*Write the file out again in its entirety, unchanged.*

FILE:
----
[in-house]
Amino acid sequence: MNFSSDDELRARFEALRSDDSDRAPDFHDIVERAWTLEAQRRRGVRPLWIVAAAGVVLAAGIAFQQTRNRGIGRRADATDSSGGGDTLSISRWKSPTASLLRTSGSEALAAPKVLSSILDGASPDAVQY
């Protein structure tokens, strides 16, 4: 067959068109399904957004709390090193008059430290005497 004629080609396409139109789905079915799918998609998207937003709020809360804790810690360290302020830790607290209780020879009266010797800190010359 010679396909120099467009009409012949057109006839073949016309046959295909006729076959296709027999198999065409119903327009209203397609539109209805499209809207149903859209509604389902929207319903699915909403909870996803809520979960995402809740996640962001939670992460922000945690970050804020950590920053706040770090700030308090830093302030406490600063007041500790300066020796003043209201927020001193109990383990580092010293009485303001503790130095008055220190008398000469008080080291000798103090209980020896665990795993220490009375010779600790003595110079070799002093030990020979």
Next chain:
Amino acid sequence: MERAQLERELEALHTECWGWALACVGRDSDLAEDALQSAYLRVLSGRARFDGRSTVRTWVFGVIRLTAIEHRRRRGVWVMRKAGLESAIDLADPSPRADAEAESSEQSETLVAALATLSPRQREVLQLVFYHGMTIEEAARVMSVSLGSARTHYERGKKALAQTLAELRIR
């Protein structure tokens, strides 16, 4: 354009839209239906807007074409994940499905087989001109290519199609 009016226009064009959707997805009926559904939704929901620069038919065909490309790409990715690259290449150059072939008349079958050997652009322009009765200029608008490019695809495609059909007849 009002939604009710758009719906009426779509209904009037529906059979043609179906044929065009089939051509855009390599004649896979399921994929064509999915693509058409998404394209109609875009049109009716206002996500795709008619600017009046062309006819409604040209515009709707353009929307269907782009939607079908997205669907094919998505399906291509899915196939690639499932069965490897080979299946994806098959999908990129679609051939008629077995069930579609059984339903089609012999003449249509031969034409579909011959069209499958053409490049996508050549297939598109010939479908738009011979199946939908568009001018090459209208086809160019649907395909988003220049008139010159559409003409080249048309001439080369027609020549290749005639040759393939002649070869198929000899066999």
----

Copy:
[in-house]
Amino acid sequence: MNFSSDDELRARFEALRSDDSDRAPDFHDIVERAWTLEAQRRRGVRPLWIVAAAGVVLAAGIAFQQTRNRGIGRRADATDSSGGGDTLSISRWKSPTASLLRTSGSEALAAPKVLSSILDGASPDAVQY
């Protein structure tokens, strides 16, 4: 067959068109399904957004709390090193008059430290005497 004629080609396409139109789905079915799918998609998207937003709020809360804790810690360290302020830790607290209780020879009266010797800190010359 010679396909120099467009009409012949057109006839073949016309046959295909006729076959296709027999198999065409119903327009209203397609539109209805499209809207149903859209509604389902929207319903699915909403909870996803809520979960995402809740996640962001939670992460922000945690970050804020950590920053706040770090700030308090830093302030406490600063007041500790300066020796003043209201927020001193109990383990580092010293009485303001503790130095008055220190008398000469008080080291000798103090209980020896665990795993220490009375010779600790003595110079070799002093030990020979």
Next chain:
Amino acid sequence: MERAQLERELEALHTECWGWALACVGRDSDLAEDALQSAYLRVLSGRARFDGRSTVRTWVFGVIRLTAIEHRRRRGVWVMRKAGLESAIDLADPSPRADAEAESSEQSETLVAALATLSPRQREVLQLVFYHGMTIEEAARVMSVSLGSARTHYERGKKALAQTLAELRIR
């Protein structure tokens, strides 16, 4: 354009839209239906807007074409994940499905087989001109290519199609 009016226009064009959707997805009926559904939704929901620069038919065909490309790409990715690259290449150059072939008349079958050997652009322009009765200029608008490019695809495609059909007849 009002939604009710758009719906009426779509209904009037529906059979043609179906044929065009089939051509855009390599004649896979399921994929064509999915693509058409998404394209109609875009049109009716206002996500795709008619600017009046062309006819409604040209515009709707353009929307269907782009939607079908997205669907094919998505399906291509899915196939690639499932069965490897080979299946994806098959999908990129679609051939008629077995069930579609059984339903089609012999003449249509031969034409579909011959069209499958053409490049996508050549297939598109010939479908738009011979199946939908568009001018090459209208086809160019649907395909988003220049008139010159559409003409080249048309001439080369027609020549290749005639040759393939002649070869198929000899066999």